Starting late Tuesday night and continuing on through early morning Wednesday, debris from Halley’s Comet will light up the sky in this year’s Eta Aquarid meteor shower. Here’s everything you need to know to spot as many meteors as possible.
Above: Halley’s Comet, as photographed by NASA in 1986
Halley’s Comet won’t make another appearance in our solar system for close to fifty years, but on its last visit, in 1986, it left some pieces of itself behind. Halley’s cosmic litter has been making biannual appearances in the night sky ever since – once every October in the form of the Orionid meteor shower, and again every May, as the Eta Aquarids.
But here’s the thing: While Australians consider it to be the best meteor shower of the year, the position of the Eta Aquarids in the night sky makes them almost imperceptible to skygazers in the Northern Hemisphere. While folks at southern latitudes can usually expect to spot between 50 and 60 meteors per hour, those of us north of the equator will struggle to catch site of meteors emanating from the constellation Aquarius, which will be hovering just above the Eastern horizon around 3 a.m. local time, Wednesday morning. If you’re north of 40 degrees latitude (say Chicago, or Philly), you’re probably not going to see much of anything. South of that, and you’re looking at between 10 and 20 meteors per hour, and maybe a few more if you’re lucky.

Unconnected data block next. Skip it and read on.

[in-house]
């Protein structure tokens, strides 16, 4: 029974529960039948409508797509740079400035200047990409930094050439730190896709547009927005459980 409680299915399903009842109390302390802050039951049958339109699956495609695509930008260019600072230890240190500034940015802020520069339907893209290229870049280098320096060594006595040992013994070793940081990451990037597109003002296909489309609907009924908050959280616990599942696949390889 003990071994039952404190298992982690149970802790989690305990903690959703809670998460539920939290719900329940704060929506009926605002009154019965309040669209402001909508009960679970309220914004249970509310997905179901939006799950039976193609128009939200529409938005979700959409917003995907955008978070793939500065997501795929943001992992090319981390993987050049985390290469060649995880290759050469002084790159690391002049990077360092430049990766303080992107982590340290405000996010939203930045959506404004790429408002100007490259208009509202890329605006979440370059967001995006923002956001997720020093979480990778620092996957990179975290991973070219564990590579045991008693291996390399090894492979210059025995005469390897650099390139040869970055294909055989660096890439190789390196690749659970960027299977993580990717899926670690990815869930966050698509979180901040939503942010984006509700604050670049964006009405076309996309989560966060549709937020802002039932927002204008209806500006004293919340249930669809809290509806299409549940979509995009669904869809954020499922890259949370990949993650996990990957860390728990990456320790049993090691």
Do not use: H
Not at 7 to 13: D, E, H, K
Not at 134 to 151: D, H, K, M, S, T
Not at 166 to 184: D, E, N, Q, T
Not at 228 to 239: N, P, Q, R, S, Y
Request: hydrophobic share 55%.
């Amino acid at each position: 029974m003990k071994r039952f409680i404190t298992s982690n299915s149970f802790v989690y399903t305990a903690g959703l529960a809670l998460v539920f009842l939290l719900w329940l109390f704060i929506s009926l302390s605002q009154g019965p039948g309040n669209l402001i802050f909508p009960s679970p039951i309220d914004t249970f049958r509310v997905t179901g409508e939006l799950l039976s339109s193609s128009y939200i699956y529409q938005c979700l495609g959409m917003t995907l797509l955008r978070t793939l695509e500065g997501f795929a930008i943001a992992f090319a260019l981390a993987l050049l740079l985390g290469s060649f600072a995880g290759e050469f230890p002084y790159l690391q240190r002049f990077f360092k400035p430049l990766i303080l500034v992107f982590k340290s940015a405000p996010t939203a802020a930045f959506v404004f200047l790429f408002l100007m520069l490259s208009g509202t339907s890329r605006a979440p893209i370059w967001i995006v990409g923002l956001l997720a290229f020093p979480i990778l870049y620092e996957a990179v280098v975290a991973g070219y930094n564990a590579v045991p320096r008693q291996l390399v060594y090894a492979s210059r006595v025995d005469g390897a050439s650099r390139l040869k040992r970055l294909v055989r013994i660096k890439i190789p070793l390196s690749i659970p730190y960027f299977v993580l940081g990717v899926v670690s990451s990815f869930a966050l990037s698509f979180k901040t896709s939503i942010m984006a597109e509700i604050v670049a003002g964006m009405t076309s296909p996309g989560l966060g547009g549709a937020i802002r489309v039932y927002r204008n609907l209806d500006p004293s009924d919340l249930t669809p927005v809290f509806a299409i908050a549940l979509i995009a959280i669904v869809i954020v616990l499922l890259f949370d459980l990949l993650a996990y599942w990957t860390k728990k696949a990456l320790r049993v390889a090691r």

So why bother with stargazing Tuesday night/Wednesday morning at all? According to meteor experts, you could spot something truly remarkable: an Earthgrazer. Skywatching expert Joe Rao explains over at SPACE.com:
For most skywatchers, the best hope is catching a glimpse of a meteor emerging from the radiant that will skim the atmosphere horizontally — much like a bug skimming the side window of an automobile. Meteor watchers call such shooting stars “Earthgrazers.” They leave colorful, long-lasting trails.
“These meteors are extremely long,” said Robert Lunsford, of the International Meteor Organization. “They tend to hug the horizon rather than shooting overhead where most cameras are aimed.”